The manifold nature of the Euromaidan protests becomes clear from the list of victims of the regime’s violence. One of them – the Red Army veteran Alexander Scherbatyuk, reportedly killed by a police sniper – was a Jew. Another, as we have seen, was a Belarusian belonging to a group on the far right. The first example illustrates why it is propagandistic nonsense to describe the Ukrainian revolution as something of a fascist coup. The second underscores the point made by Cas Mudde in an analysis republished by HSI, namely that the Euromaidan “clearly included significant extremist elements”. In fact, quite a few right-wing extremists across Europe have been eager to support the revolution precisely for this reason. An example is Fredrik Hagberg, who visited Kiev as a representative for the Swedish group Nordisk Ungdom (Nordic Youth), and – as reported by Michael Moynihan in the Daily Beast – held a speech warning Ukrainians against both Russia and the West.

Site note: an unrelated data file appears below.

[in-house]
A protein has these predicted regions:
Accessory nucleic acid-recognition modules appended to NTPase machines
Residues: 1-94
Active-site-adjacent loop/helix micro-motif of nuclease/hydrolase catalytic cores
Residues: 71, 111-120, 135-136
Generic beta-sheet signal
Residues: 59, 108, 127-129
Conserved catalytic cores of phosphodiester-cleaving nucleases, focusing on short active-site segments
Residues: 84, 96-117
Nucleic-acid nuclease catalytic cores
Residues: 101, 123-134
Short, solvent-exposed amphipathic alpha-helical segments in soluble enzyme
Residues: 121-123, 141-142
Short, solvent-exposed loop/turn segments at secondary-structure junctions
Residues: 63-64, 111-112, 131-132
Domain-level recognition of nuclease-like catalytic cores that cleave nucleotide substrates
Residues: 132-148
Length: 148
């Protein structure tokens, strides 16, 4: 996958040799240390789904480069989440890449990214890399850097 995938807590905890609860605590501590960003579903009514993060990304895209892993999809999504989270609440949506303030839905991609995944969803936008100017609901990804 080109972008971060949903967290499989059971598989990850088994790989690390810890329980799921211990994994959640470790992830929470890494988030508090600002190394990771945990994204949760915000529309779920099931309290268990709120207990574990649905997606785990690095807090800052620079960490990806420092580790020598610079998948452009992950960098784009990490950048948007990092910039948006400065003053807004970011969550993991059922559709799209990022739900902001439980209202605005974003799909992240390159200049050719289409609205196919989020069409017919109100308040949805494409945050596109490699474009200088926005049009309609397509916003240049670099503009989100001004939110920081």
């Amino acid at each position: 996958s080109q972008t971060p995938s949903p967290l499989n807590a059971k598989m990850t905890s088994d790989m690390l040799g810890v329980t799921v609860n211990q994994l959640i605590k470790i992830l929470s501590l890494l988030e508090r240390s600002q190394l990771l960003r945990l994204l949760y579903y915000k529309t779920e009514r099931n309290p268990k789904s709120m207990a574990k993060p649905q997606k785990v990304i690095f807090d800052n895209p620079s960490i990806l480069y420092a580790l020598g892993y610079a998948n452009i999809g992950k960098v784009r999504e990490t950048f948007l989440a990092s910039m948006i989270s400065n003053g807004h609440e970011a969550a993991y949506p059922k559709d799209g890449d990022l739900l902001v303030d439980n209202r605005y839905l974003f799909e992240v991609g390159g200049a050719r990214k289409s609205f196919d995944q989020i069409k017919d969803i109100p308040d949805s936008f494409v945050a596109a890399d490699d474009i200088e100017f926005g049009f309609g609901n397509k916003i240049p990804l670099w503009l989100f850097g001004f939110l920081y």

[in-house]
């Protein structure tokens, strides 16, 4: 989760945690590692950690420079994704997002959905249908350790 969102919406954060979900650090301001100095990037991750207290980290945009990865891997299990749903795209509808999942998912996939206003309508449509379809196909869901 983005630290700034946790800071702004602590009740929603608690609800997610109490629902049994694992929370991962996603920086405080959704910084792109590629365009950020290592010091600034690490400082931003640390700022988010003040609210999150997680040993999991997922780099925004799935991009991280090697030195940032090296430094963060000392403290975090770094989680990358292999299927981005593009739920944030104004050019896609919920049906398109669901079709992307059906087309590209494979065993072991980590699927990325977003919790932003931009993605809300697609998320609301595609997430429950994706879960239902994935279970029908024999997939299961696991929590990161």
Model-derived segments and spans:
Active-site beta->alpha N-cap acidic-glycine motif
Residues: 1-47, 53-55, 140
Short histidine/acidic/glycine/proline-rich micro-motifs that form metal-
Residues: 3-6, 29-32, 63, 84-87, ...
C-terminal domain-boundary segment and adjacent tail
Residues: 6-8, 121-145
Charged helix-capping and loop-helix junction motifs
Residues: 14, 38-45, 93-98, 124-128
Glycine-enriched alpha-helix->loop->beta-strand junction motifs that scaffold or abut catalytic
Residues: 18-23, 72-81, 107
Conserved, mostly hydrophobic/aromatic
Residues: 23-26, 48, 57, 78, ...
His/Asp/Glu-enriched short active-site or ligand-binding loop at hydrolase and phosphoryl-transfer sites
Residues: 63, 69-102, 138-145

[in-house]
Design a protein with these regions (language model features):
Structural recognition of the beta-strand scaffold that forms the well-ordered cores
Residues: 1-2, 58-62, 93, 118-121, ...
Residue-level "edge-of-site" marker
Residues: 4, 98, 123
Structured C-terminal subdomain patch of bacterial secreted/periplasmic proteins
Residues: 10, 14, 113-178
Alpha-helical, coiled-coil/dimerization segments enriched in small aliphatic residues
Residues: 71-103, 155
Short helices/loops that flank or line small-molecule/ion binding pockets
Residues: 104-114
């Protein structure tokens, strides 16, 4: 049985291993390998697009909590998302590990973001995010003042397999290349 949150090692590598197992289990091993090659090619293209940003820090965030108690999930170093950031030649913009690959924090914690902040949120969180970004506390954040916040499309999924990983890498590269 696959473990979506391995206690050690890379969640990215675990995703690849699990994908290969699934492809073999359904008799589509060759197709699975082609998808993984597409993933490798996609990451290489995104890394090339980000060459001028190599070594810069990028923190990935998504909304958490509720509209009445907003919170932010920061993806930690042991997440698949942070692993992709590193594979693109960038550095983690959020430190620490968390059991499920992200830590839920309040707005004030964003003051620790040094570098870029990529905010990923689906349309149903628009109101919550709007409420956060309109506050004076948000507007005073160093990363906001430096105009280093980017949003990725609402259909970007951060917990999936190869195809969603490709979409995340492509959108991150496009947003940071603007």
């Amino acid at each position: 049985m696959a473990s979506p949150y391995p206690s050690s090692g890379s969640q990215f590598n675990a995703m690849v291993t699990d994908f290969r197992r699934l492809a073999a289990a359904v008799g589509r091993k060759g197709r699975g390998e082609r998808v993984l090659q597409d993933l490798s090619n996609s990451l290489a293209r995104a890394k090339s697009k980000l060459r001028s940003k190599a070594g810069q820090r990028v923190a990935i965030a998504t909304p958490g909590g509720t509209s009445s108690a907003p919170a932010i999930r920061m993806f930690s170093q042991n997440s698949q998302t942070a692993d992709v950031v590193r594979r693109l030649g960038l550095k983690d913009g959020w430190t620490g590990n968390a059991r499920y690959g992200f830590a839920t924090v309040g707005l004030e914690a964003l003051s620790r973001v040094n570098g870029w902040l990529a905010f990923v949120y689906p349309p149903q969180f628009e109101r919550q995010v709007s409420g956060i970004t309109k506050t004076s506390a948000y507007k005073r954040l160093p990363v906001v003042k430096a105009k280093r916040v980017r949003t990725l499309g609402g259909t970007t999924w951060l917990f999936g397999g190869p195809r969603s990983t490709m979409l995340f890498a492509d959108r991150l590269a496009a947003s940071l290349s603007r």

“I stand before your forces of revolution to tell you about what your future might be if you fail your glorious endeavour. […] I stand here as a Swede. However, where I come from is no longer Sweden,” Hagberg said, stating that a successful revolution would chart a path avoiding the evils of ethnic mixing.

In a response to Mudde, Anton Shektovtsov pointed out that popular support for Svoboda fell during 2013 and the party is unlikely to regain the support it enjoyed in 2012. Still, both Svoboda and other groups on the far right played a role in the revolution. Svoboda’s leader, Oleh Tyahnobok, became one of the figureheads of the Euromaidan movement. And while Svoboda may be weaker than in 2012, it has already benefited from the revolution, gaining several key positions in the new government.